Wednesday, 7 November 2012

Disappointment and Desperation

All through school I was a straight A student, with continual acknowledgement that I was "keen to please".  I still am, ofcourse. When offered placements or freelance work, I am always eager; ready to work for anything I am offered.

During the summer I took a placement I just knew wasn't going to work out. I wasn't interested in the type of design they did, and if I am completely honest, I was desperate to get out of the house. The summer was a tough one, I couldn't get any work. I signed up with countless agencies and had many interviews for work, but in the end I took the placement because I had to - there was nothing else.

Sod's law is ofcourse, that once you are busy and settling in, something else comes up. I had an interview with a place I have been freelancing at since and I love it. It is the type of design that sparks the fire behind my eyes, and makes me sit on the edge of my office swivel chair. I knew it would be better and the interview went so well, that when she offered me to start the following Monday, I decided I would have to leave the placement and wander into greener pastures. Besides, the pay has been incredible - when you are at the bottom of your overdraft, one step from signing on, money really does speak to you and it's time to say good bye to being nice.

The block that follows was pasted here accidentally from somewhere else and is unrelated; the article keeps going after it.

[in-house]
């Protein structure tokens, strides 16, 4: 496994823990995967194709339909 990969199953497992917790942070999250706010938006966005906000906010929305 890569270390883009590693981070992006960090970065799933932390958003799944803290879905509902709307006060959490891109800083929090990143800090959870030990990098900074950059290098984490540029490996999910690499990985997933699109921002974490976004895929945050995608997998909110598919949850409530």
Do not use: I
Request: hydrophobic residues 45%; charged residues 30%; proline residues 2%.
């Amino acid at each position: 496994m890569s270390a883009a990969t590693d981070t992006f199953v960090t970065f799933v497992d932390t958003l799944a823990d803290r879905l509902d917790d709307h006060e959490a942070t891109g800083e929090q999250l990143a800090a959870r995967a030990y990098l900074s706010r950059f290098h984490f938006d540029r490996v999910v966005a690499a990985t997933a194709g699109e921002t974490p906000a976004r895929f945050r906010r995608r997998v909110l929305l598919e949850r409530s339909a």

It was Thursday, and in an office where no one speaks a word all day and you eat lunch at your desk, reading bbc news, I had left it too late to say anything. I was bored there, the work they gave me was patronisingly easy; I was unchallenged and unmotivated. After an awkward Friday meeting of forced fun (with wine and crisps), I left for good. I put my door access card on the table and never returned.

I felt awful. I had let them down. The first week of a 4-week stint and I had bottled it for a better deal. I hate being a disappointment and I could just imagine the Monday morning meeting that followed... the bitchy remarks and what they might think of me. I am not that person, but I had to put myself first. If you have a gut feeling you have to follow it, and I did. I don't regret it, but ofcourse it means I can never go back there again. I have burnt that bridge, and if anyone person from that office talks to a potential employer of mine, I will be in trouble.

It is a risk worth taking, though. So I guess the moral here is not to take a placement unless you are truly "feeling it" but if an internship disappoints you, don't feel scared to do the same to them.
Internships are like relationships, sometimes you just have to be the one to call it off.

What I do regret, though is my awkwardness about it. I was frightened they wouldn't let me leave. I felt that it was too late to say anything and that my next opportunity would pass me by. I literally just slipped away without a word. I offered to finish the work I had started at home, and I apologised hoping I would be understood, but I never heard from them again. I didn't get paid either. But maybe I deserve that.

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